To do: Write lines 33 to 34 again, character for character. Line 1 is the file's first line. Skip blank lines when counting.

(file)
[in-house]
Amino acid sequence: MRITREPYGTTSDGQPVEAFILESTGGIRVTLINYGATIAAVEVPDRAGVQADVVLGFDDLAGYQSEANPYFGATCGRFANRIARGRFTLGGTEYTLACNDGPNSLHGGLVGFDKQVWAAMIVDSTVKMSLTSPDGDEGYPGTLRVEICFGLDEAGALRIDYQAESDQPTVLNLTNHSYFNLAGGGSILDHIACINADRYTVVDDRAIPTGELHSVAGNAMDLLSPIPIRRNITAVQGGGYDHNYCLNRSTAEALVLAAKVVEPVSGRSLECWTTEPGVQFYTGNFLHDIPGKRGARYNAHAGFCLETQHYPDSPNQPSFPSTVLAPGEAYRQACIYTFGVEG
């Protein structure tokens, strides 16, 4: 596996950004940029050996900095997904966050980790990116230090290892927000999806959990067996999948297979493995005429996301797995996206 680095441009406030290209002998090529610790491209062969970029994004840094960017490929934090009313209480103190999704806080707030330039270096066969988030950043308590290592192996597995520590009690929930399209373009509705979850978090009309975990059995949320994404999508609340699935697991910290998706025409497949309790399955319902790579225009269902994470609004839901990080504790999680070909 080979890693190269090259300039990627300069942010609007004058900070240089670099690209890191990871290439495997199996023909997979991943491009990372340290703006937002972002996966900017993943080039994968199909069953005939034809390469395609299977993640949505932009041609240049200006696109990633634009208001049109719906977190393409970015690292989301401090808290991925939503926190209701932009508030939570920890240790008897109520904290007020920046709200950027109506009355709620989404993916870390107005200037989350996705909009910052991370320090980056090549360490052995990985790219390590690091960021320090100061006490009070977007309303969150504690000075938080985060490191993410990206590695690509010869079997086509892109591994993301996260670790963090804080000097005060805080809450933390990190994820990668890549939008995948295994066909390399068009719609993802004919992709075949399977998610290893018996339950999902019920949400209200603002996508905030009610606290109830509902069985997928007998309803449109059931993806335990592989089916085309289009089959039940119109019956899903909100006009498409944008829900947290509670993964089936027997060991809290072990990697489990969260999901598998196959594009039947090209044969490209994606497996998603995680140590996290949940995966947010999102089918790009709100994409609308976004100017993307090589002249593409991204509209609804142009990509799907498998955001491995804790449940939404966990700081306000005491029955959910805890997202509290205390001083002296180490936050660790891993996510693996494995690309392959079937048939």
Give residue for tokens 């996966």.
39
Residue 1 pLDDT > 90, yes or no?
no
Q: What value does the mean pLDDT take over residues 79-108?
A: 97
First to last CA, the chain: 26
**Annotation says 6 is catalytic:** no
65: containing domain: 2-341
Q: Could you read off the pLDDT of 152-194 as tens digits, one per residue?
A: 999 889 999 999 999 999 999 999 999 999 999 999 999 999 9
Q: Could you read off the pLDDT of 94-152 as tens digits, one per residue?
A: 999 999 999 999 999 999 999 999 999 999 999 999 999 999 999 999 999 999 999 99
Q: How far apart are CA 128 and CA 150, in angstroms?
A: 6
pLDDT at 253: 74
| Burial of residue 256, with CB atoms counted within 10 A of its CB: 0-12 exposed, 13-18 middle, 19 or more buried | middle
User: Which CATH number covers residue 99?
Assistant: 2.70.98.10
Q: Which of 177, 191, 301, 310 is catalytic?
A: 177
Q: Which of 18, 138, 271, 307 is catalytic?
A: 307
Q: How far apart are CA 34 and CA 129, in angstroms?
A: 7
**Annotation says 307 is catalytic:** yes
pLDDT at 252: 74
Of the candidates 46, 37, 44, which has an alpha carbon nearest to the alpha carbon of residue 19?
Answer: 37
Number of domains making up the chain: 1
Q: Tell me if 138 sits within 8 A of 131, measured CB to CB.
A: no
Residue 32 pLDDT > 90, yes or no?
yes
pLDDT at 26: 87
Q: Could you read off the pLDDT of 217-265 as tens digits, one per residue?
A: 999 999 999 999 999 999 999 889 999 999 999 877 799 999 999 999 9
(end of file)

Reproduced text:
Number of domains making up the chain: 1
Q: Tell me if 138 sits within 8 A of 131, measured CB to CB.